British and EU negotiators have reached a deal for Britain to pay between €45bn and €55bn to leave the European Union, the Daily Telegraph has reported.

The newspaper cited two sources saying the agreement was reached at a meeting in Brussels last week, but that the final amount depended "on how each side calculates the output from an agreed methodology".

The Financial Times said Britain had agreed to assume EU liabilities worth up to €100bn, but said net payments over many decades could fall to less than half that amount.

An agreement would be a major breakthrough as Britain prepares for an EU summit in December where it is hoping to get the go-ahead to start the next phase of talks on future trade ties with the EU.

It would leave two major areas on which the two sides still do not agree - expatriate citizens' rights after Brexit and the future of the border.

"The deal on the money is there," a senior source involved in the negotiations told the Telegraph.

"It's now the ECJ (European Court of Justice) question and Northern Ireland that are the outstanding issues ahead of the council," the source said.

One key area of contention is whether the 3.2 million EU citizens living in Britain will continue to be allowed to appeal to ECJ jurisdiction or if their rights will be governed by British courts, as London insists.

Both sides have avoided publicly declaring a clear-cut number for what Britain owes the rest of the EU.

British Prime Minister Theresa May had offered to cover Britain's contributions to its budget in 2019 and 2020 -- a total of around €20bn.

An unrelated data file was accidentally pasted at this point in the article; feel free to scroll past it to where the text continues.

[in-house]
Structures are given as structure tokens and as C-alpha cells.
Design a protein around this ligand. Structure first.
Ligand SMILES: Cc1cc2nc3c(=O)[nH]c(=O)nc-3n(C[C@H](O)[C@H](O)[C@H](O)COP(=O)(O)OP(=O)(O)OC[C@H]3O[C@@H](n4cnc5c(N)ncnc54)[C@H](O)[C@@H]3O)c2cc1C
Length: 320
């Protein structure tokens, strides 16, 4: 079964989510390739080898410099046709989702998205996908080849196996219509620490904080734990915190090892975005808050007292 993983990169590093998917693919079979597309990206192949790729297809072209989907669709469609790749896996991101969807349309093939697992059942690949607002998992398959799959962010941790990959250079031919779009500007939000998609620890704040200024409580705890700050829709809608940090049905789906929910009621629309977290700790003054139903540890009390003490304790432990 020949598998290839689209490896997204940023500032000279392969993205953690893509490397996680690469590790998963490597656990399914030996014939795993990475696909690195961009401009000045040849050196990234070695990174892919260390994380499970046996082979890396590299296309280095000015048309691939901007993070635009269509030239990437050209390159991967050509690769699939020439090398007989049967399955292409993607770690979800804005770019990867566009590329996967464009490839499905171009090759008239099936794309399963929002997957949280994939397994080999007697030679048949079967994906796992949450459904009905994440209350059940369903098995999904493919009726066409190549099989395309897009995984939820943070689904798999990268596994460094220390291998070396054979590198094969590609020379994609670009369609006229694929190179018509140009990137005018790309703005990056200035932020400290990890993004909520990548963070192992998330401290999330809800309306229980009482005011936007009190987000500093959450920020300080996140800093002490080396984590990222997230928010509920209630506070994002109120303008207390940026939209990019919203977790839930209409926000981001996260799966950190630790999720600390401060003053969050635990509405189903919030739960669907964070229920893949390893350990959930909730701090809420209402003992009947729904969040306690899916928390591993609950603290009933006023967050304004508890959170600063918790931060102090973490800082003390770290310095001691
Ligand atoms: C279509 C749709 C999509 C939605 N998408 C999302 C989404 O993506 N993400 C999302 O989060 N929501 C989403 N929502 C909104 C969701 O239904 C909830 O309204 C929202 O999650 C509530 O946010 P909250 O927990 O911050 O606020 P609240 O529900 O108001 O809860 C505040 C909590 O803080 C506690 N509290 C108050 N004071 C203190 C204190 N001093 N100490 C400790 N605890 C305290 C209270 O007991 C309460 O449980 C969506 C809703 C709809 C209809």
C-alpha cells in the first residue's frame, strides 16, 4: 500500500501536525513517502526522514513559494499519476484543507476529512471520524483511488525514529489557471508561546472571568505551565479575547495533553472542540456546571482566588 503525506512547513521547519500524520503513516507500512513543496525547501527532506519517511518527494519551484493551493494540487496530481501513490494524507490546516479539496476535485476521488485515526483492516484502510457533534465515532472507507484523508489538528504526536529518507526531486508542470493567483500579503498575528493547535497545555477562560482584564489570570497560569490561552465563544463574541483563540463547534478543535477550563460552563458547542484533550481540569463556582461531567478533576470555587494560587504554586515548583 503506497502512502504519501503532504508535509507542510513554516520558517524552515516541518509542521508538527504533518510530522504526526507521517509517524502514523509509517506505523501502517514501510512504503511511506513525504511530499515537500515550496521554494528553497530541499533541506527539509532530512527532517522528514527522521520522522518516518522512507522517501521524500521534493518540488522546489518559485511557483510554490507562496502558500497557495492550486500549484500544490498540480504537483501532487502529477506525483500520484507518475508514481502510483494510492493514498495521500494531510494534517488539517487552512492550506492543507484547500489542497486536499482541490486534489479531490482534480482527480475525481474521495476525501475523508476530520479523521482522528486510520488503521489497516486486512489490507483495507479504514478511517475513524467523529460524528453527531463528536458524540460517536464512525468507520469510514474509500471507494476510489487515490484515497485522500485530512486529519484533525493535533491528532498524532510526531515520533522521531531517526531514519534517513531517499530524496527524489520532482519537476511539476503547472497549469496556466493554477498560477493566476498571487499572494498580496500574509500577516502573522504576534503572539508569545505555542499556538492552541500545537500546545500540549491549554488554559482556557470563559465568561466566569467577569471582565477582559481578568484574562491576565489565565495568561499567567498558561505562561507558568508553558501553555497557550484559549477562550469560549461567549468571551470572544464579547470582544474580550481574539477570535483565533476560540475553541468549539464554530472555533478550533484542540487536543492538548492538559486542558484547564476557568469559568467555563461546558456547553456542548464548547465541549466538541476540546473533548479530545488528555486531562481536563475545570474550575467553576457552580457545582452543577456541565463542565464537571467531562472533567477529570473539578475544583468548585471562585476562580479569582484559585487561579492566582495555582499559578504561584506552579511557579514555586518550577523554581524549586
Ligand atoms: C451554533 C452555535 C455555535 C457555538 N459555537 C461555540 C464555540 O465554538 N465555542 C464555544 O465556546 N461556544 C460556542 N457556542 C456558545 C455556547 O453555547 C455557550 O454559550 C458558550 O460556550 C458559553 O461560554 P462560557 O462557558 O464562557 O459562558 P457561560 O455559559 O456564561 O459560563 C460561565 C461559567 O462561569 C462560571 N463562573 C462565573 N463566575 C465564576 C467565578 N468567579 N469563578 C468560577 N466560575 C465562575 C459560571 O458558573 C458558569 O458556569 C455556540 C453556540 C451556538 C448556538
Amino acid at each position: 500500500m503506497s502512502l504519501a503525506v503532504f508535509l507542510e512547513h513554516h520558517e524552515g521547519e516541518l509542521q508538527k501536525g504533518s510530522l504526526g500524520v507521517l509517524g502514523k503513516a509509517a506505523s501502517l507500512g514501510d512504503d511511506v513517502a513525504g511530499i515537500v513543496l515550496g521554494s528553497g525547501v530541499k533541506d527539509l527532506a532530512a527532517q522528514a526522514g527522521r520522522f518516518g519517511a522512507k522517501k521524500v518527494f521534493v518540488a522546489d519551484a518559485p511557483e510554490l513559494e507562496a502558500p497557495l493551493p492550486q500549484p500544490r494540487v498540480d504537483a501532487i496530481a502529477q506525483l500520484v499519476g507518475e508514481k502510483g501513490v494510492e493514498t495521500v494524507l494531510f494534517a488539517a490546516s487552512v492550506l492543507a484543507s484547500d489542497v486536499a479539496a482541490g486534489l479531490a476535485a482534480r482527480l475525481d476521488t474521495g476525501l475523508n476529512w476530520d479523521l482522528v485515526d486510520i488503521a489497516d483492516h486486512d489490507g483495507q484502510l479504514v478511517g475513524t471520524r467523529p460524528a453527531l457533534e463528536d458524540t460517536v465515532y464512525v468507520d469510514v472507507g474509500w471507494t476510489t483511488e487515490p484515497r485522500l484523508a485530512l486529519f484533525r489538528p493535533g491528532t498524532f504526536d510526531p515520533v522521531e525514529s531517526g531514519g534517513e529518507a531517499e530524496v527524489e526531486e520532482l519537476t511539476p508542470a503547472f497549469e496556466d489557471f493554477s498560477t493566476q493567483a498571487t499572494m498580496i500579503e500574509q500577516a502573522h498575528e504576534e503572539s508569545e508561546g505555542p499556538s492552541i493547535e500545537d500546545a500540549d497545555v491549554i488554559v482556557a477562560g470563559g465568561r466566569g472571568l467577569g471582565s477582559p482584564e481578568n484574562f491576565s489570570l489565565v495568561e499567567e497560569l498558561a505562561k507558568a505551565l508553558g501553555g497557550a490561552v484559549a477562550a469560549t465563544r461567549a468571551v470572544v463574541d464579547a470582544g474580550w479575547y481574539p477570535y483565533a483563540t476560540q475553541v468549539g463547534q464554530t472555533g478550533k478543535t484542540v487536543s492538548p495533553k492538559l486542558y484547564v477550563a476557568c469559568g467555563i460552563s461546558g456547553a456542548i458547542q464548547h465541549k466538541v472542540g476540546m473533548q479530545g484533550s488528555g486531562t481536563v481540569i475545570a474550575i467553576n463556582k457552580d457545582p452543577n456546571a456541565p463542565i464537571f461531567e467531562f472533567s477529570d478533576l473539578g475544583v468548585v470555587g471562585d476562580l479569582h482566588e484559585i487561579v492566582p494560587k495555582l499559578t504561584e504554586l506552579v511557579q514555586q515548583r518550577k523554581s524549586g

That pledge was reportedly doubled to €40bn at a ministerial meeting in London last week.

A third EU source with knowledge of the talks said the text of the financial agreement would allow a "low figure" to be generated for the British public but would also give the EU the certainty it is looking for.

Asked about the report, a spokesman for Britain's Department for Exiting the European Union said "intensive talks" are taking place in Brussels this week in search of an agreement, but did not address the divorce bill directly.

"We are exploring how we can continue to build on recent momentum in the talks so that together we can move the negotiations on to the next phase and discuss our future partnership," he added.

Another British government official cast doubt on the reported numbers, saying: "I do not recognise this account of the negotiations."

A spokesperson for the European Commission declined to comment.

Mrs May is due to meet President of the European Commission Jean-Claude Juncker and the EU's chief Brexit negotiator Michel Barnier on Monday.

The EU says any British move needs to come by then if leaders at the summit on 14-15 December are to be able to endorse a move to discussions on future trade relations.